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What is your self-discipline level?

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Discipline: what a scary word. We conjure up images of a task master cracking his whip or a drill sergeant yelling at his soldiers. But believe it or not, self-discipline actually offers you a sort of freedom. See it for yourself: if you develop the discipline to continue reaching for your goals despite how you are feeling at a given moment, you will enjoy all the results of that effort and the time that it has created for you.

Exercise self-discipline! You won’t regret it!

Self-discipline requires the ability to act according to what you are thinking rather than what you are feeling at a given time. Sure, we have days when we don’t want to go to work, but we know that if we don’t, there will be consequences. The same is true when we lack self-discipline in reaching for our goals. If I am not exercising self-discipline towards a task at work, the consequence may be that I don’t get as high a commission as I had hoped for or I might not be chosen for the promotion I was aiming at.


What are the benefits of self-discipline?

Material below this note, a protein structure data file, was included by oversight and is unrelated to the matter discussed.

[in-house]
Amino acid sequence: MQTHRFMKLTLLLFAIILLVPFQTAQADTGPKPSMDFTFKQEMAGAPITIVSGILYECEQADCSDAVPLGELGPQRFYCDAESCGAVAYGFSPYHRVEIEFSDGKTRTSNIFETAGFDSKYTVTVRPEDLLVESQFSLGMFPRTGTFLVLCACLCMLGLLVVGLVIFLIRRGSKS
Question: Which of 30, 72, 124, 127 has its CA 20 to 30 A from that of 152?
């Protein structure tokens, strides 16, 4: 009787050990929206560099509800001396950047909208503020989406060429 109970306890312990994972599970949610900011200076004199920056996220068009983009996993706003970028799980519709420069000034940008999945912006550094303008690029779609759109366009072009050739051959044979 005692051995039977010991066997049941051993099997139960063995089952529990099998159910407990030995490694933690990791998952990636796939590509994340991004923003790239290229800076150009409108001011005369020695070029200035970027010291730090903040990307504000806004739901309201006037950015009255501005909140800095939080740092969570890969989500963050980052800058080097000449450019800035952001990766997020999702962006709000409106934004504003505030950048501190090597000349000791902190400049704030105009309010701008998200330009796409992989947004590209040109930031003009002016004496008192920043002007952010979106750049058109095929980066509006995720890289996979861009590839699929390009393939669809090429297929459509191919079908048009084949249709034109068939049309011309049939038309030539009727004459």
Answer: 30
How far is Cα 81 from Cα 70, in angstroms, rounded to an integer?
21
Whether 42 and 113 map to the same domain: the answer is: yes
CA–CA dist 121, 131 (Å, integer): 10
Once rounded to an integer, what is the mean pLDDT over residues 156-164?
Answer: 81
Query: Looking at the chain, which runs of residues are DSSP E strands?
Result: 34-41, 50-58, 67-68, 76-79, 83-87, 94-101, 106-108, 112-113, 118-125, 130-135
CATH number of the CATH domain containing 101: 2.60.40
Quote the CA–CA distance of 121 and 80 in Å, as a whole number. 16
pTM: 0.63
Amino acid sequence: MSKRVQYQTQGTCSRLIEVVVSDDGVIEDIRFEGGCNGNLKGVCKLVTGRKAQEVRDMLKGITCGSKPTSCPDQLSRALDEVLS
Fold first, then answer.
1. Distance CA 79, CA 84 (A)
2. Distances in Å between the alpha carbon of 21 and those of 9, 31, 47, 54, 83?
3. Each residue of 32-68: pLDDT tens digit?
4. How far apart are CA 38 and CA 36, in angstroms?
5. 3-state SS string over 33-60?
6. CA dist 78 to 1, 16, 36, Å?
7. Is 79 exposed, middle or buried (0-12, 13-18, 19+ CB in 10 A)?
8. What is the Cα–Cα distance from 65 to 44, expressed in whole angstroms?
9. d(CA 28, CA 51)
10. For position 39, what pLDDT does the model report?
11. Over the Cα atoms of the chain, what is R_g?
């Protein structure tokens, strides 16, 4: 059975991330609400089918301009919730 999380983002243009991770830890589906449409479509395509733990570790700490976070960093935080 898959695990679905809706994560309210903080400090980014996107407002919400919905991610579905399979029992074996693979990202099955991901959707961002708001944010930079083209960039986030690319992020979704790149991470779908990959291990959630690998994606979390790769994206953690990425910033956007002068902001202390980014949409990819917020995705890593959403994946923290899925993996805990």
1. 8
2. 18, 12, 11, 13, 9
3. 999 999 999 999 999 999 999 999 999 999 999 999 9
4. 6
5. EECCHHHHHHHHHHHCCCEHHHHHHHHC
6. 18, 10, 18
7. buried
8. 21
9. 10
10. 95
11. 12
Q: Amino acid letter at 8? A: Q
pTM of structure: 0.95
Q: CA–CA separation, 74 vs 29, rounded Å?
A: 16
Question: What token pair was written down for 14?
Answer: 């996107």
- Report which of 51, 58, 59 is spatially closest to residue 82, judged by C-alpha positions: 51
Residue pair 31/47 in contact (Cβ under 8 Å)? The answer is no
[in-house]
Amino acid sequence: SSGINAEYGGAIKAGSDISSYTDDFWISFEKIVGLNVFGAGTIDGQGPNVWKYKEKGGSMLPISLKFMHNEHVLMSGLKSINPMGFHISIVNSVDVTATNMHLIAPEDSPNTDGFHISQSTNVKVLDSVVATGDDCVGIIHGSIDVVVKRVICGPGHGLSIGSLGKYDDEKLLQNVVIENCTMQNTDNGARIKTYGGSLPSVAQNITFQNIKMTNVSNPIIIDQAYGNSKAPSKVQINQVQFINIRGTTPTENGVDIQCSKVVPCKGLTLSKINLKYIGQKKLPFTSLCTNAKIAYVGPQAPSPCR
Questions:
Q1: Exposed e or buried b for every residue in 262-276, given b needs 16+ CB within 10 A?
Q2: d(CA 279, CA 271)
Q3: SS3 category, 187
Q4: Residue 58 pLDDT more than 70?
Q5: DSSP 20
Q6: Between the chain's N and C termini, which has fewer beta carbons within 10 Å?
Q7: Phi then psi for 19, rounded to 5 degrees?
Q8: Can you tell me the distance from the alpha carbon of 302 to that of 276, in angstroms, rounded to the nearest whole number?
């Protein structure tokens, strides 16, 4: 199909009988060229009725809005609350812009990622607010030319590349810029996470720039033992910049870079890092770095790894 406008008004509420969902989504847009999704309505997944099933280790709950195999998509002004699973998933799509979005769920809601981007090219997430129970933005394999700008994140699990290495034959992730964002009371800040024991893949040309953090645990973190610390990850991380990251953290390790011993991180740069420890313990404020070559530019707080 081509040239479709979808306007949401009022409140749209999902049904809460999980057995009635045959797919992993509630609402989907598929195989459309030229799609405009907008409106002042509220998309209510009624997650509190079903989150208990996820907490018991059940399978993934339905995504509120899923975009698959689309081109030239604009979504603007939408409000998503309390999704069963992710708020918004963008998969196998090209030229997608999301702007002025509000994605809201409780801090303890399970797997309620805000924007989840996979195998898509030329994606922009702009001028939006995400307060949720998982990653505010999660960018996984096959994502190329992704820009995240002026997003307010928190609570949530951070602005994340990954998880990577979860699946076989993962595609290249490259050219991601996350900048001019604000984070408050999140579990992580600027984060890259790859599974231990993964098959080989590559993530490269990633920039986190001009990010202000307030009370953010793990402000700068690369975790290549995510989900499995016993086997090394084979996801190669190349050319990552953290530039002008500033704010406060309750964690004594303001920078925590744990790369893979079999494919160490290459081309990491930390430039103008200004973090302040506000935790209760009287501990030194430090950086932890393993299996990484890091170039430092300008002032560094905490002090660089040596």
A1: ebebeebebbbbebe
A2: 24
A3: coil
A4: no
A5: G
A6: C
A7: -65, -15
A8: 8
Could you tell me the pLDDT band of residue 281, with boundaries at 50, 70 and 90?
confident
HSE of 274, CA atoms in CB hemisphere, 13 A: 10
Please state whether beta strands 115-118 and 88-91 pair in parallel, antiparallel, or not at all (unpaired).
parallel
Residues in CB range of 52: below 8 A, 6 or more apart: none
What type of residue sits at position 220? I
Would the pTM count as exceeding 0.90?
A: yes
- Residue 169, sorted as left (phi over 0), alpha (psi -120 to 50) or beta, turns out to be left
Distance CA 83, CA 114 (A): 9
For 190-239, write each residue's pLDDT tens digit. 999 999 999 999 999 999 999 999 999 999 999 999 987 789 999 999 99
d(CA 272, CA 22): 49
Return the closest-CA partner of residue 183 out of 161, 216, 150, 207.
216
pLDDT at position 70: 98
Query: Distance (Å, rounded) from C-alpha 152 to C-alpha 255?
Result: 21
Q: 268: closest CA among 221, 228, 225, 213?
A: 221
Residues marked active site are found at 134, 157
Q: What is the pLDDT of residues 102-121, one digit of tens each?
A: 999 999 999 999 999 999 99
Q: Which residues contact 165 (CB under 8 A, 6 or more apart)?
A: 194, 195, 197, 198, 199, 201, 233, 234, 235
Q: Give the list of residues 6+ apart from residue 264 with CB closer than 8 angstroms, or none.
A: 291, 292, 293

Self-discipline helps you with things like: working on your daily tasks even if you don’t particularly feel like it, waking up early to truly prepare for the day ahead even though you want that last 30 minutes of sleep, turning away temptation when you’ve committed to a healthy eating plan, walking away from time-sucking gossip at the water cooler even though you’d rather hear the scoop or checking your work meticulously even though you feel like it’s ‘good enough’ as it is.

But how do you know if you are self-disciplined enough? And if not, what is missing? Here is a checklist that includes five basic characteristics of people who possess self-discipline:


  • Self-knowledge – you know what’s important to you and what you need to do to achieve it
  • Conscious awareness – you realistically evaluate your current behavior and actions in comparison to what you need to be doing to reach your goals
  • Commitment – commitment will keep you going when you are tempted to pursue activities that aren’t goal-driven
  • Courage – you might need to stand up for yourself, your belief in your goals, and the sacrifices you may need to get there
  • Internal coaching – your internal voice is a positive supporter, not a negative critic of what you are doing


If you exercise all those things, you can get right to the top of the benefits of self-discipline. So, what are you waiting for!

Managing Your Career

You can find more ideas on how to practice your self-discipline in “Managing your career” by MTD Training.

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